I first learned protocol-oriented-programming with Objective-C, and I was very pleased to see the Swift team emphasize this style.
But, at least at this writing at the end of 2016, I still run into problems when I use this style of programming in Swift.
Here’s the problem I’m trying to solve:
I’m working on a schema-less hierarchical database. Tables can contain tables, and they can contain values such as strings, numbers, booleans, dates, arrays, and so on.
To represent these values, I’d rather use a Value protocol rather than a Value class. If it’s a protocol, then I can have completely separate implementations: BoolValue and DateValue and ArrayValue and so on would conform to Value, but otherwise would have different implementations.
But here’s the thing: ArrayValue needs to have an actual Swift array of type
So let’s say you want to add something to that Swift array, where arrayValue is of
[Value] type. Let’s say you’ve created
trueValue, which is a
BoolValue conforms to the
arrayValue += [trueValue]
You can’t. Because even though
BoolValue conforms to the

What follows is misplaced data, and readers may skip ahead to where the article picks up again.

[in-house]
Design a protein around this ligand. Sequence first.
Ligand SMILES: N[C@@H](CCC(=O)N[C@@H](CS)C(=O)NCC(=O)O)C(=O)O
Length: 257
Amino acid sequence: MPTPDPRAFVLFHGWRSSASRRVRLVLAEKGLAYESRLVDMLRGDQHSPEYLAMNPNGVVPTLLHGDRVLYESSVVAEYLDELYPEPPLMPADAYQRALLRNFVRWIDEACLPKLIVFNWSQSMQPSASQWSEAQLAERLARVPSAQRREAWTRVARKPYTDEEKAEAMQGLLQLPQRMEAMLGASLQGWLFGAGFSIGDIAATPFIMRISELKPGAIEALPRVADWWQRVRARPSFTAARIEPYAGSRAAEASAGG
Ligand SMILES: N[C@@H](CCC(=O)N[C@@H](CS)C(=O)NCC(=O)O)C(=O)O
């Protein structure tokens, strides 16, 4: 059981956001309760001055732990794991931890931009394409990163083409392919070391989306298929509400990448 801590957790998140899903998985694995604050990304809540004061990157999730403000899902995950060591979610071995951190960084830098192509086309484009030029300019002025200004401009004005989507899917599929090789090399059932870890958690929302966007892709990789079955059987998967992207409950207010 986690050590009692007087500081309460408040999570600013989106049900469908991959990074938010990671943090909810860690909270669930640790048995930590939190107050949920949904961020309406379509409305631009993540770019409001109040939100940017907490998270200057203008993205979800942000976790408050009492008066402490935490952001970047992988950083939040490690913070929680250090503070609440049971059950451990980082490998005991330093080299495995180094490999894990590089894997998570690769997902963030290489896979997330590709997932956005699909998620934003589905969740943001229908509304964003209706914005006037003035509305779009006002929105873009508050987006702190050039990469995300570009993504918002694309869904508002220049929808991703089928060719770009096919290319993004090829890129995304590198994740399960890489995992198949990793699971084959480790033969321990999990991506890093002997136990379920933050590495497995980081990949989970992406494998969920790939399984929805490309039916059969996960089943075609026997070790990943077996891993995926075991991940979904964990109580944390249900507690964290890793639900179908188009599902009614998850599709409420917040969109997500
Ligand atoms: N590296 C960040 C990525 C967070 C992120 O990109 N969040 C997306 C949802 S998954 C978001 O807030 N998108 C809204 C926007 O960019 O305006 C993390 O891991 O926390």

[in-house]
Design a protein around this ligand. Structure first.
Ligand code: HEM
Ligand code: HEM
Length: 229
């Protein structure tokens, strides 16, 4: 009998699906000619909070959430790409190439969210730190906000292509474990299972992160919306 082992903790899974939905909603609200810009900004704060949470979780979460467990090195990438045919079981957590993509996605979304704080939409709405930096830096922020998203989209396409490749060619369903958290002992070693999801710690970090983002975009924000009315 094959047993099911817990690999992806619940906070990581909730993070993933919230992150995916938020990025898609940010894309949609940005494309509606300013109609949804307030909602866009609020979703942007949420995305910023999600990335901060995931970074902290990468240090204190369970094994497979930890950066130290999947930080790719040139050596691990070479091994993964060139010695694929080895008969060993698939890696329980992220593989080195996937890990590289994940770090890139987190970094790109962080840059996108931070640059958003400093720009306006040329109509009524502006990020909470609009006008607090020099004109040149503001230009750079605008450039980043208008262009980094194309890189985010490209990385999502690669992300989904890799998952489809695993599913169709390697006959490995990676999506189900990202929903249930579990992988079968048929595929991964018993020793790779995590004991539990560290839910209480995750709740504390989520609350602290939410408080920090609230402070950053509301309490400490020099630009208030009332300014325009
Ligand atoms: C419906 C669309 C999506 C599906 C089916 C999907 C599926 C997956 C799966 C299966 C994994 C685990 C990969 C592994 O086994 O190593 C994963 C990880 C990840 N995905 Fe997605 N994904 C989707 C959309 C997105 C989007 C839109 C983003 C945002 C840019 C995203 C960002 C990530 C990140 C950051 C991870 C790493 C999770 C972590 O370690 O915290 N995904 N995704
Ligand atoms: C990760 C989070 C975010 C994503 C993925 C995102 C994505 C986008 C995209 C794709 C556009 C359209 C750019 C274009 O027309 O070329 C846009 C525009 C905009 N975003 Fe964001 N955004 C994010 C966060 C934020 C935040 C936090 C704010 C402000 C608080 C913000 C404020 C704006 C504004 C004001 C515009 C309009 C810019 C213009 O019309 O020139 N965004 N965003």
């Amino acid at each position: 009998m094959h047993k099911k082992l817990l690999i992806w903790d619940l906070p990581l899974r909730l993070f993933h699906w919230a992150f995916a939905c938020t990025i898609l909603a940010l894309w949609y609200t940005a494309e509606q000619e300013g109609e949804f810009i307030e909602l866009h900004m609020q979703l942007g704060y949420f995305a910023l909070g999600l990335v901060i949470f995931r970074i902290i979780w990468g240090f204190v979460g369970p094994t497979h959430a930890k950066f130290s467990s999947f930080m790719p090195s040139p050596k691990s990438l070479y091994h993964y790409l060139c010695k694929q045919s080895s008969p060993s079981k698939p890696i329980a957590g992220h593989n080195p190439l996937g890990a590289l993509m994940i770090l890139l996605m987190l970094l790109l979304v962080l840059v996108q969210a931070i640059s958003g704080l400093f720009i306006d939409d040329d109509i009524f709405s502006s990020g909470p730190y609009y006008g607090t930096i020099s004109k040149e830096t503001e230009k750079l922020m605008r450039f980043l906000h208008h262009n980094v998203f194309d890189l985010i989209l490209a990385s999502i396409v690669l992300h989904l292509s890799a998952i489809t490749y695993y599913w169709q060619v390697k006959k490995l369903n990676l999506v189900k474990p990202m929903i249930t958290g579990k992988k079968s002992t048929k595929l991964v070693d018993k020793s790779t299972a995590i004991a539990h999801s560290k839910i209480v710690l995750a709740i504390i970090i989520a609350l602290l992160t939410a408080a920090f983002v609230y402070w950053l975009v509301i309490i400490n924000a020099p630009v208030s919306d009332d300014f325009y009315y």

Value protocol, this isn’t handled automatically. The compiler knows all the types involved, but it still won’t let you do this unless you explicitly cast. The following works:
arrayValue += [trueValue as Value]
In Objective-C, no casting is required:
This may seem like nitpicking on my part, but that added bit of housekeeping makes protocol-oriented-programming in Swift feel a little bit unnatural.
A natural form of protocol-oriented-programming might start with this premise: any time the protocol type is called-for, you can use an object that conforms to that protocol.
More complexity, to push the point
Let’s say you have two arrays:
let array1 = [trueValue as Value]
let array2 = [trueValue]
You and I both know that those arrays contain just one object, and it’s an identical object. Those two arrays are absolutely equal.